Steven Levy's classic book traces the exploits of the computer revolution's original hackers - those brilliant and eccentric nerds from the late 1950s through the early '80s who took risks, bent the rules, and pushed the world in a radical new direction. With updated material from noteworthy hackers such as Bill Gates, Mark Zuckerberg, Richard Stallman, and Steve Wozniak, Hackers is a fascinating story that begins in early computer research labs and leads to the first home computers.
"One of my all time favorite books"
Few companies in history have ever been as successful and as admired as Google, the company that has transformed the Internet and become an indispensable part of our lives. How has Google done it? Veteran technology reporter Steven Levy was granted unprecedented access to the company, and in this revelatory book he takes listeners inside Google headquarters - the Googleplex - to explain how Google works.
"Clever, honest, and even inspiring"
For more than four decades, Bernard-Henri Lévy has been a singular figure on the world stage - one of the great moral voices of our time. Now Europe's foremost philosopher and activist confronts his spiritual roots and the religion that has always inspired and shaped him - but that he has never fully reckoned with. The Genius of Judaism is a breathtaking new vision and understanding of what it means to be a Jew, a vision quite different from the one we're used to.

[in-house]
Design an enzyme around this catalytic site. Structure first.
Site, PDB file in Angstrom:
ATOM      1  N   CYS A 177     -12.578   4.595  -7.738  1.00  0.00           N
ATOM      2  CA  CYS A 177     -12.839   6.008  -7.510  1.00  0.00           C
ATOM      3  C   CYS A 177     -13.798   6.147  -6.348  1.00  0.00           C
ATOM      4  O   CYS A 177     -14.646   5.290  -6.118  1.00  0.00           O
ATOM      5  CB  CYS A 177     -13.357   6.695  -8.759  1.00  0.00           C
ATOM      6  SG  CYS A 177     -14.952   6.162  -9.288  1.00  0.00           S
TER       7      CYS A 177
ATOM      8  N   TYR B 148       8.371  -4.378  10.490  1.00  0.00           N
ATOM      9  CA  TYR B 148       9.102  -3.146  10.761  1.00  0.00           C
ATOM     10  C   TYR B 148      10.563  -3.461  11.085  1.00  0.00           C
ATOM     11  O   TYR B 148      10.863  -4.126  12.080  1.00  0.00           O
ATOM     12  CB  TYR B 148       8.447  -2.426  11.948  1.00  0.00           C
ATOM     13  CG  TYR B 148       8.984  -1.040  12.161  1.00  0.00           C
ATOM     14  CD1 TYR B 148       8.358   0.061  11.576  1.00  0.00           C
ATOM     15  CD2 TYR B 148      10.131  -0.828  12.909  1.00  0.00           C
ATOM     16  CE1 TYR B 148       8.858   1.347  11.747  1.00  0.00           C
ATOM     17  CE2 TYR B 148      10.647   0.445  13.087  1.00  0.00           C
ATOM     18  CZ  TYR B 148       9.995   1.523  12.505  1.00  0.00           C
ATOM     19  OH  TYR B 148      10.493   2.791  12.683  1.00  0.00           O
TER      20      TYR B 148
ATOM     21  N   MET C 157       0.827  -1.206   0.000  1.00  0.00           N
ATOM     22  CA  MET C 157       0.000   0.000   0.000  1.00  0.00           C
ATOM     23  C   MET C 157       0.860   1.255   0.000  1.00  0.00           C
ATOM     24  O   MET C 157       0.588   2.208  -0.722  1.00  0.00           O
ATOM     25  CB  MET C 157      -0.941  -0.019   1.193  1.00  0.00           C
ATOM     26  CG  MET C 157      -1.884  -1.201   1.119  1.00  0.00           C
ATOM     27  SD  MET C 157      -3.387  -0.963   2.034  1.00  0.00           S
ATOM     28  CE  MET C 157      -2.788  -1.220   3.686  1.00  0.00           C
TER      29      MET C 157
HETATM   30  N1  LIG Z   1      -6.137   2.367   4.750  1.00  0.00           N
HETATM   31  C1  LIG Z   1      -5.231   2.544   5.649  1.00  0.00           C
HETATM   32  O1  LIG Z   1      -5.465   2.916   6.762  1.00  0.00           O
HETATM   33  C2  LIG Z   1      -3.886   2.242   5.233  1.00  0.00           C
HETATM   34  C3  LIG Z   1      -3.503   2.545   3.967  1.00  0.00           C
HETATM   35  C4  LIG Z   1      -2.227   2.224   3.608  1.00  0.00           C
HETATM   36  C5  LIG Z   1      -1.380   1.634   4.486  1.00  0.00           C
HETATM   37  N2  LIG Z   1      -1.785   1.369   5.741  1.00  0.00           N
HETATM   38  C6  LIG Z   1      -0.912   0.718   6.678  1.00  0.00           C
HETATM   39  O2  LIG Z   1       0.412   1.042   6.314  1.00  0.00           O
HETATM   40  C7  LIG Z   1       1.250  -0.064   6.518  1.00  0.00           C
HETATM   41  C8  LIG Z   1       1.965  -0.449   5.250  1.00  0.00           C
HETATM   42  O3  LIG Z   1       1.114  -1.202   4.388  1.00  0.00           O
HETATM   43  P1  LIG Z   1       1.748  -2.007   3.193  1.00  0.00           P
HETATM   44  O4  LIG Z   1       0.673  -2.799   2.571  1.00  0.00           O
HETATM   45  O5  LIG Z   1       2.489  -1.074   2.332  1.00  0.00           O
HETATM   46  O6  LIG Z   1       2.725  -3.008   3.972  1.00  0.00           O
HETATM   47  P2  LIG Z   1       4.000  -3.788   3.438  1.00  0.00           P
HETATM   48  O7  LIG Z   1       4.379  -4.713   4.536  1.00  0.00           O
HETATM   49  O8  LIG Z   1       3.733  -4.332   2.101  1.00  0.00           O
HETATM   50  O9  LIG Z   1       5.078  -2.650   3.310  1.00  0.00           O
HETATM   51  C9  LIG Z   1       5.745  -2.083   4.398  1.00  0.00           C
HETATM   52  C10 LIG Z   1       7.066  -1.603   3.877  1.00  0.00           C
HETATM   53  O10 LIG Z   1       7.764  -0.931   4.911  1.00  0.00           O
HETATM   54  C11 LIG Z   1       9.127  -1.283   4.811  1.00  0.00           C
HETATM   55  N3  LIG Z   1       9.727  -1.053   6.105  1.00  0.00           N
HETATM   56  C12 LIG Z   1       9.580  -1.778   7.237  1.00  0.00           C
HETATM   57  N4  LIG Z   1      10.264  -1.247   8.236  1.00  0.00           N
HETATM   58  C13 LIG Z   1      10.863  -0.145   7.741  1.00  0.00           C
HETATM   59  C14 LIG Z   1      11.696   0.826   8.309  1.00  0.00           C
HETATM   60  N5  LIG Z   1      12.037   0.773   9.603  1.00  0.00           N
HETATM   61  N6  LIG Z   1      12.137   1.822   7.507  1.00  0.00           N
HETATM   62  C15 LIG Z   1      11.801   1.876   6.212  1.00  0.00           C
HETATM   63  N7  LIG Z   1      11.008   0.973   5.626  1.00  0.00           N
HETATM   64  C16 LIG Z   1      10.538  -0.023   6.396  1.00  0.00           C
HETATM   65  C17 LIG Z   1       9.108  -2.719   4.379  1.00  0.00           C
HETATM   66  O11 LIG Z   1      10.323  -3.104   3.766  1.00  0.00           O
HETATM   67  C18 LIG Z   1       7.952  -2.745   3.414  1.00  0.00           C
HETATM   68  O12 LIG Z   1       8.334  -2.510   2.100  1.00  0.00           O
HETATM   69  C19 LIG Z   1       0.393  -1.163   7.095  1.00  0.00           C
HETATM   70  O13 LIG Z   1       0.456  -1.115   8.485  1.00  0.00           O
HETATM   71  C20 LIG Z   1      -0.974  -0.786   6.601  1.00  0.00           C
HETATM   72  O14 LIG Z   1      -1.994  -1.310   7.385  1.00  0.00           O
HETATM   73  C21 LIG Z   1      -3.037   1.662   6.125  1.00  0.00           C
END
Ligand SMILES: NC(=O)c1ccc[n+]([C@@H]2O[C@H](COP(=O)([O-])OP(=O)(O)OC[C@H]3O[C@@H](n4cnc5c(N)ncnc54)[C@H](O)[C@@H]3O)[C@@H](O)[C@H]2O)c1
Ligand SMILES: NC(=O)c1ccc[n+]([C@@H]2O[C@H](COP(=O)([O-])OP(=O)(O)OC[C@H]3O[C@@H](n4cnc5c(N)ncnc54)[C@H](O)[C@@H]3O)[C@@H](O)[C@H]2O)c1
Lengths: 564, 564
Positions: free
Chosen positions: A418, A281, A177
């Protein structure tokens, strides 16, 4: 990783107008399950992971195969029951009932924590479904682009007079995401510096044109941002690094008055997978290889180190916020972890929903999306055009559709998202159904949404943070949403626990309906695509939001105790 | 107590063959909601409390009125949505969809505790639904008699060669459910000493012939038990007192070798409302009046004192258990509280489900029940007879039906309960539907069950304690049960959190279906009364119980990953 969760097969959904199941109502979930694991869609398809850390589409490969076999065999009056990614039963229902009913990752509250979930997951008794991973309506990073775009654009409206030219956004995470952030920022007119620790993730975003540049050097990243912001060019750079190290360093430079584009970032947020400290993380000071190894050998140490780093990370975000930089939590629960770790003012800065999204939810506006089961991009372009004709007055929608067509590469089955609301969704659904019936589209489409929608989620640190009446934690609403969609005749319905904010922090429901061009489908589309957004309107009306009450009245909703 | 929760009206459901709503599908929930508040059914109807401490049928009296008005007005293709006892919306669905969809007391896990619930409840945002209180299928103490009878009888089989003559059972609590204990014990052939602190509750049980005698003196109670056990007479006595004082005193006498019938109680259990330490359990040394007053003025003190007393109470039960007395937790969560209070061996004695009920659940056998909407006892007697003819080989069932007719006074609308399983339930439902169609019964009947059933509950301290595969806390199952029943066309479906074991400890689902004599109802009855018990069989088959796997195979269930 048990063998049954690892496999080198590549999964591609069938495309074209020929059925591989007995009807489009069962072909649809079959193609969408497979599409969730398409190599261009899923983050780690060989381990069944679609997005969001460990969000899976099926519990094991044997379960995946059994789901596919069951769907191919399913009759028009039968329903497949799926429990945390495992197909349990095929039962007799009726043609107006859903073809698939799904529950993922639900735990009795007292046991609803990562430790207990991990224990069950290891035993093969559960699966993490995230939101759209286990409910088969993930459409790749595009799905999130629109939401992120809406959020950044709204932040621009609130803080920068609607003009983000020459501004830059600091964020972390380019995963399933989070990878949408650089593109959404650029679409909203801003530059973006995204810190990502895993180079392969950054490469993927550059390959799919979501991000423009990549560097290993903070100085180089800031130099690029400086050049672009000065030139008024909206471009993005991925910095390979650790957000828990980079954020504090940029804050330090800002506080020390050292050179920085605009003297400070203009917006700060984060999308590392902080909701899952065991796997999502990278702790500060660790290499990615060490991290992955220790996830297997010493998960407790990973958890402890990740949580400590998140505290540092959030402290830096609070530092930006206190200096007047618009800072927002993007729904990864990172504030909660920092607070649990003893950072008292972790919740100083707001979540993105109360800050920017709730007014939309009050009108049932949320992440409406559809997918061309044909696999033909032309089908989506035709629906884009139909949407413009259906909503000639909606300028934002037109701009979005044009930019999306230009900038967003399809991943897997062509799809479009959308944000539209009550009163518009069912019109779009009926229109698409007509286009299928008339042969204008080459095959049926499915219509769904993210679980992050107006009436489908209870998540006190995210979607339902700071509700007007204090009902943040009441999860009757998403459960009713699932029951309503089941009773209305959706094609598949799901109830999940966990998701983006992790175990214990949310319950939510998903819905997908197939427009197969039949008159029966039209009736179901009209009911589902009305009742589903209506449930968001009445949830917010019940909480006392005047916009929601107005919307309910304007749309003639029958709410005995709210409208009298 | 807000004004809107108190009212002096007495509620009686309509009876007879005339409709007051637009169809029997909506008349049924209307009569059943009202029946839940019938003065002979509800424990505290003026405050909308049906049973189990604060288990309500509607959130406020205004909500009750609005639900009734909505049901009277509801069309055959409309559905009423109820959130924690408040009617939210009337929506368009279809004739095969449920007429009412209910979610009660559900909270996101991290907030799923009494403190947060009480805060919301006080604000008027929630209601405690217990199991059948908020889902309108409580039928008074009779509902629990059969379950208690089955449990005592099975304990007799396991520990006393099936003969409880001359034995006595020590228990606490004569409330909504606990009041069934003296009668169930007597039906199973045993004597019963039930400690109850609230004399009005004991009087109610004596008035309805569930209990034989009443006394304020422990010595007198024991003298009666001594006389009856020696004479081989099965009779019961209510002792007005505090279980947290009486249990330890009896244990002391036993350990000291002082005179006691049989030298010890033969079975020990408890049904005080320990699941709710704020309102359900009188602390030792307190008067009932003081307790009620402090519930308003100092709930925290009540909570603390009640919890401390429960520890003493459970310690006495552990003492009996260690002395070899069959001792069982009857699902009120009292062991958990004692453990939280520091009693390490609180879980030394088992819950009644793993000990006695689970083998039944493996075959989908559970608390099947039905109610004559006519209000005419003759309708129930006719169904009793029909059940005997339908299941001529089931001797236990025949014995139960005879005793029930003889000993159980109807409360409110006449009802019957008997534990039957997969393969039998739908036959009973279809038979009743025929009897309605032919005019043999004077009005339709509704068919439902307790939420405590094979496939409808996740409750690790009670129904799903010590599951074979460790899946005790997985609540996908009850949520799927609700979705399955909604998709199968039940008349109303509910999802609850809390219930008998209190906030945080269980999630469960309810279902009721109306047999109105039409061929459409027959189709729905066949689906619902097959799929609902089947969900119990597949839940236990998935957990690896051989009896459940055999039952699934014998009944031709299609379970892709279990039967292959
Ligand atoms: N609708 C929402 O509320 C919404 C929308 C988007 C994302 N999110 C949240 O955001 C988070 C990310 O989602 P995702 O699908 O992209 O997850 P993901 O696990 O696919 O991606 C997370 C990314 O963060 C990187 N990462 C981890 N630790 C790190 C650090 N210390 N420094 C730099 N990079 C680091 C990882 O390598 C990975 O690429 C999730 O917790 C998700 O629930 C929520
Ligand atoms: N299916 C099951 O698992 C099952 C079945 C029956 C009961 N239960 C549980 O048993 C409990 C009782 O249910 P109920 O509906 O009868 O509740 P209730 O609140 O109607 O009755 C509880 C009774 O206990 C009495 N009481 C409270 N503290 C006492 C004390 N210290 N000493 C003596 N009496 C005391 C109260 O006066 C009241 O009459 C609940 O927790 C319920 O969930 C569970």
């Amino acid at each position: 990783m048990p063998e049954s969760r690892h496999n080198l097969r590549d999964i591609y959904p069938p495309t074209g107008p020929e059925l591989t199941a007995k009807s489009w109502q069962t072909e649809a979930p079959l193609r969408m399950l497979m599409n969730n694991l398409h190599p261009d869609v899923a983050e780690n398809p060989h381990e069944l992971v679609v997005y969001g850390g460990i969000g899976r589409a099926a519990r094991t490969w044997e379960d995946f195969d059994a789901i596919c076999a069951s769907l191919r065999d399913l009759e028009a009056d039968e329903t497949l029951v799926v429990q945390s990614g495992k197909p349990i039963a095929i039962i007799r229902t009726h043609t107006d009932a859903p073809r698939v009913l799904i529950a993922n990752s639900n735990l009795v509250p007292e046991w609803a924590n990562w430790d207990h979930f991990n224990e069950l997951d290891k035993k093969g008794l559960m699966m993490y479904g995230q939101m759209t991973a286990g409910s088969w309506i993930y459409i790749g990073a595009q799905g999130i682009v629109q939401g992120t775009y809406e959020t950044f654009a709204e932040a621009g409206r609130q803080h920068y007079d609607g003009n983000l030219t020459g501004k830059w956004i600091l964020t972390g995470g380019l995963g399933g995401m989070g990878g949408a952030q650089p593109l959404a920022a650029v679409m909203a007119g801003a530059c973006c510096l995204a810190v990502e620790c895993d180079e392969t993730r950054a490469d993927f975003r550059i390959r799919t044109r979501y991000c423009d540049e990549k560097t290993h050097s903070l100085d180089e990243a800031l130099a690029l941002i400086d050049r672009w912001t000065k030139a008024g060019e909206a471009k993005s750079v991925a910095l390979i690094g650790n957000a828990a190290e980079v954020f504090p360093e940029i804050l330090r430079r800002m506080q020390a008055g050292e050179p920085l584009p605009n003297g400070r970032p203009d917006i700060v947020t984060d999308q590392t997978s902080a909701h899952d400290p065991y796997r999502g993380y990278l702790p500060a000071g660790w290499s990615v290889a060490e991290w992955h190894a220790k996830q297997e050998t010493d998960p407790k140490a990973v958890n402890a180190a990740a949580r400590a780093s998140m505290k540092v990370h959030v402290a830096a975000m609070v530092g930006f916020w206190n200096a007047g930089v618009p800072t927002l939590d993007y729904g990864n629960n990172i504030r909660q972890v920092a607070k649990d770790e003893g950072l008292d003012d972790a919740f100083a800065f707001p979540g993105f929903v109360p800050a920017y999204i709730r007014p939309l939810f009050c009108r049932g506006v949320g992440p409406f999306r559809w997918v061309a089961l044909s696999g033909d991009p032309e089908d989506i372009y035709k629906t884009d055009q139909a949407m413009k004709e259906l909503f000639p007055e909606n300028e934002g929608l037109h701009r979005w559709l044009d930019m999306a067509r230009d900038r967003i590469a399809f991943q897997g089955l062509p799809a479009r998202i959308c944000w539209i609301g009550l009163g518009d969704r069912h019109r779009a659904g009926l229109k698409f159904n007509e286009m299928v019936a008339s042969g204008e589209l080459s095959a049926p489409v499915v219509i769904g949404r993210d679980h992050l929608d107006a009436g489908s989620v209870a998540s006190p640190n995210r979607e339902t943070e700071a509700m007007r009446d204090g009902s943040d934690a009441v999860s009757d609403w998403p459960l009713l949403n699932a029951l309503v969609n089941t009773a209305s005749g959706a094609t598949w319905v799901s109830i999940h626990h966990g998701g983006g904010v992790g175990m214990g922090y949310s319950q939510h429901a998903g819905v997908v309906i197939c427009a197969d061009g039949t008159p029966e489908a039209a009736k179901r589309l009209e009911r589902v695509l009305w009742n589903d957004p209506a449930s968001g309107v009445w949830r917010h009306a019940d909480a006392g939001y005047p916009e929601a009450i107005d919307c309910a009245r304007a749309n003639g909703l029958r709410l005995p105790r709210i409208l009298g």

"Original. Relevant. Perhaps Brilliant..."
The creation of the Mac, in 1984, catapulted America into the digital millennium, captured a fanatic cult audience, and transformed the computer industry into an unprecedented mix of technology, economics, and show business. Veteran technology writer and Newsweek senior editor Steven Levy zooms in on the great machine and the fortunes of the unique company responsible for its evolution. Loaded with anecdote and insight, and peppered with sharp commentary, Insanely Great is the definitive book on the most important computer ever made. It is a must-have for anyone curious about how we got to the interactive age.
On October 23, 2001, Apple Computer, a company known for its chic, cutting-edge technology, if not necessarily for its dominant market share, launched a product with an enticing promise: you can carry an entire music collection in your pocket. It was called the iPod. What happened next exceeded the company's wildest dreams. Over 50 million people have inserted the device's distinctive white buds into their ears, and the iPod has become a global obsession.
"An enjoyable listen"
James returns - he reveals that a psychiatrist has put him on drugs because he's shy. Allan Stevens takes the stage and gets friendly with the audience, especially the women. Then he tells Dom and James about the history of L.A. comedy. Then, Cash Levy lets loose with cheeky words of wisdom, and Maz Jobrani unleashes some Middle Eastern flavored zingers.
Tonight on the program, a political update with Mark Halperin and John Heilemann, hosts of With All Due Respect.
Next, a preview of Apple's media event with Henry Blodget, editor in chief of Business Insider; Steven Levy, editor in chief of Backchannel; Nicholas Thompson, editor of NewYorker.com; and Geoffrey Fowler, personal technology columnist at the Wall Street Journal.
We conclude with a discussion about possible Russian attempts to break into electronic voting systems with Dana Priest of The Washington Post